What we have to remember when investigating mattresses is before we decide if a mattress is good or not, we have to be 100 percent educated on its innards. As for horsehair being such a cool idea for a really expensive mattress, I say bunk. Gimmick, people. I have horses, I have horsehair: mane, tail, body hair, and NONE if it is all that soft. The mane and tail is quite thick and dense and wirey. There have been saddle pads made with horsehair matted down, but they are not soft and forgiving. I believe that back when folks started to make beds they used what they had available in order to make something work....like we do today! The first ones were stuffed with straw. Some were stuffed with horsehair simply due to its availability. Horses shed twice a year, fall and spring. Fall's shedding is very light....lose their fine summer coats, very insignificant. The Spring shedding is quite significant, they drop their entire winter coat in a couple of weeks, leaving their short summer coat underneath. There is hair everywhere...birds like it for their nests. Anyone wants some let me know....I have three horses and plenty of hair. But it isn't that soft.
We have nicer materials available now. One that used to be used more recently when beds used to last and last and is overlooked today is cotton batting. That stuff is nice and is still found in some handmade mattresses. That would not be a gimmick. That would be a comfort layer that keeps its shape and stays buoyant but is not commonly used anymore.
I think the best mattress is very likely made like this: springs of your choice, an insulator layer so the springs don't poke thru the stuff above, several inches of cotton batting, and a layer of maybe 4" of a good quality foam(possibly in a duvet type cover so can be replaced). That's it. Springs are made soft by the comfort layers above, it isn't so thick that you can't get the support of the springs. These silly commercials that show the springs poking people being the cause of a mattress being uncomfortable are just bunk. It isn't pokey springs that hurt, it is typically the cheap P/U foam on top of them that crapped out.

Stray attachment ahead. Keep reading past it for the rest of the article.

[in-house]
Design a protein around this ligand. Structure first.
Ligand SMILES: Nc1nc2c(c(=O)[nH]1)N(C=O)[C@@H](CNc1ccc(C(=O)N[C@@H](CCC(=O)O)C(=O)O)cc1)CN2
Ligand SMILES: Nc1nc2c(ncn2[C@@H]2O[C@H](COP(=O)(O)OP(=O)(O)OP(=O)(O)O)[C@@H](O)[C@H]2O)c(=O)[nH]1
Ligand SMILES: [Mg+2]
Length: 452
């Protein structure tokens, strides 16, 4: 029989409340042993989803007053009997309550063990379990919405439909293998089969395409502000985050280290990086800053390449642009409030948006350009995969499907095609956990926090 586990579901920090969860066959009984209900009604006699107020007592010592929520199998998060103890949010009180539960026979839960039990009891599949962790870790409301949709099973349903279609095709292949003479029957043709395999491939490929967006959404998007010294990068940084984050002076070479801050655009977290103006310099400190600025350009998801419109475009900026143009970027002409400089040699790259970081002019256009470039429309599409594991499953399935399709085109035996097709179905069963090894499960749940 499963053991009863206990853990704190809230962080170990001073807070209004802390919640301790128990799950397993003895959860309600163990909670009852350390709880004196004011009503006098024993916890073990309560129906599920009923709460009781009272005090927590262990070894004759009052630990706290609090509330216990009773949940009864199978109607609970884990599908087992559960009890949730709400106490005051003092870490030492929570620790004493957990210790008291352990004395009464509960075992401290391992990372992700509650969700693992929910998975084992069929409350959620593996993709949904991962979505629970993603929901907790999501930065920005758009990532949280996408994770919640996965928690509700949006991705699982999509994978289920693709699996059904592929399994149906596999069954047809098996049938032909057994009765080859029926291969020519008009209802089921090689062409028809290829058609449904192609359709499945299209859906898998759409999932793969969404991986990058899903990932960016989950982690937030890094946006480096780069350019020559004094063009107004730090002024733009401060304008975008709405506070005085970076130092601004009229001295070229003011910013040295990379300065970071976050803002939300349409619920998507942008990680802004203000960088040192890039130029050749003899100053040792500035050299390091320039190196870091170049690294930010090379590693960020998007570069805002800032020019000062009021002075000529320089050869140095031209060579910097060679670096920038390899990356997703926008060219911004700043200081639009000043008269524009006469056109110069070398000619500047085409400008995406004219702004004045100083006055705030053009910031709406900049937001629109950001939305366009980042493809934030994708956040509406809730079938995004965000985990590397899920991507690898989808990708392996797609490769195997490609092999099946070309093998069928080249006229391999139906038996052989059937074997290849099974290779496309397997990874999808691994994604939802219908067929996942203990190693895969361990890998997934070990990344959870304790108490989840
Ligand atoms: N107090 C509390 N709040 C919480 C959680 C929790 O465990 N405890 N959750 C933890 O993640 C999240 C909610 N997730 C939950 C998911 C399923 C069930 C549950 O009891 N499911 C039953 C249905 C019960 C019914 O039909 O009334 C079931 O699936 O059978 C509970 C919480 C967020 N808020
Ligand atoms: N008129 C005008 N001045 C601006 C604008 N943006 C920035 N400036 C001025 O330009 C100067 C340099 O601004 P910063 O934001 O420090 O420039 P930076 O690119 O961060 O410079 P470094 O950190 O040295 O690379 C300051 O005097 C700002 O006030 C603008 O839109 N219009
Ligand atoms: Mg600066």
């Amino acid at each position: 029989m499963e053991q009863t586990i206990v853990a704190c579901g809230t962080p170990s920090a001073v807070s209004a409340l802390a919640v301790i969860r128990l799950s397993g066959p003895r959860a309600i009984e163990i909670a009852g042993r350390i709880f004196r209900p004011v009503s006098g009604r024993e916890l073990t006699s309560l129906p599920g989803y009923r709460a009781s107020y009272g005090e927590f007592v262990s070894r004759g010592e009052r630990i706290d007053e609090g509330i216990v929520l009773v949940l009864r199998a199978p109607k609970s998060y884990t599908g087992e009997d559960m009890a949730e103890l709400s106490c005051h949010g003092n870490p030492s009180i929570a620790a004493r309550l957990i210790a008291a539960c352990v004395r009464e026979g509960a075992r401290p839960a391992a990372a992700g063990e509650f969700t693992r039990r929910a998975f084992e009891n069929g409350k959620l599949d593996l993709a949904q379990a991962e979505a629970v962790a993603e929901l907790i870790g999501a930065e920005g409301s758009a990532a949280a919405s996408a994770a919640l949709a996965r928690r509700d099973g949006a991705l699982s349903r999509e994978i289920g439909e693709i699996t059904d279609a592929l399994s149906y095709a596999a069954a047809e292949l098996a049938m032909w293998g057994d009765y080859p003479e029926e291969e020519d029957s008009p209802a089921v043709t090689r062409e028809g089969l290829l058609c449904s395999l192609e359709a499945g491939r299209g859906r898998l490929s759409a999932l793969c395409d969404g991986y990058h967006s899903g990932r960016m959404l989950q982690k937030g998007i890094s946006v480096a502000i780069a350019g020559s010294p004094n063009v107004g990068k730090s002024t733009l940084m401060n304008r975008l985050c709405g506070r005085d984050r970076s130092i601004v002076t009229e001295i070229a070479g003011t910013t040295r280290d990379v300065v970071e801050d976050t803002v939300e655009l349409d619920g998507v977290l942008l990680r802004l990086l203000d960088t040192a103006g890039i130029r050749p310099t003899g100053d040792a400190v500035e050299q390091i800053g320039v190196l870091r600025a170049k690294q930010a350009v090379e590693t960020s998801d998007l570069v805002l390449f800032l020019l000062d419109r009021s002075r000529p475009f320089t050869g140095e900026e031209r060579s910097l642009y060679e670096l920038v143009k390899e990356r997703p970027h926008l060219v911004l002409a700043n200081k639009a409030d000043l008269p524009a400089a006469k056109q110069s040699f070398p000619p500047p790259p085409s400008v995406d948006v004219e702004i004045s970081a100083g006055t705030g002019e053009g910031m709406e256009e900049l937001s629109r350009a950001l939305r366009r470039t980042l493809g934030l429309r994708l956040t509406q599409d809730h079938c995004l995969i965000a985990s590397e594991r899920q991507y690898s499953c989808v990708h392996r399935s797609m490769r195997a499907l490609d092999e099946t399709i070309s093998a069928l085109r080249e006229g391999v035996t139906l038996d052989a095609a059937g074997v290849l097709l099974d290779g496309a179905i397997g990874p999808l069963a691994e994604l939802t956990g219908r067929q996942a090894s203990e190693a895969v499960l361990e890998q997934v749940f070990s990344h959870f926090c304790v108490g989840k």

My mattress is made this way, lots of cotton batting, and it is great.
Over the course of the last six months or so that I have been investigating mattresses, and finally winding up buying a latex mattress, I have given this subject a lot of thought.
It is my opinion that if you could find the right set of springs, manufactured with the right quality and quantity of cotton and wool, and possibly some other synthetic materials, a mattress that was flippable so that you could keep redistributing the ware factor, and it was properly put together by people who really knew what they were doing, and cared about what they were doing, and not trying to just make the most money out of their project, then you would have a really great mattress.
There are a few old-time mattress manufacturers still in business that try to do this. Some of these companies like the expensive Hastings (SP) company in Sweden, (they use horsehair cotton and wool on top of three different spring tensions) that charges not only an arm and a leg, but the rest of your anatomy if they can get it, make what many people feel are the best mattresses manufactured.
But since these mattresses are usually so expensive that the average person looks elsewhere, so we have what I believe is the best compromise, (if you want to really know what's going into your mattress), the niche market companies on the Internet selling principally latex. There are other mattresses that are quite acceptable to many people, such as air beds, and waterbeds. FloBeds, who manufactured my latex mattress, has a combination of water, air, and any combination that you want. After my experience with water for 20 years which worked fine for me most of the time, I chose latex. I have not been sorry.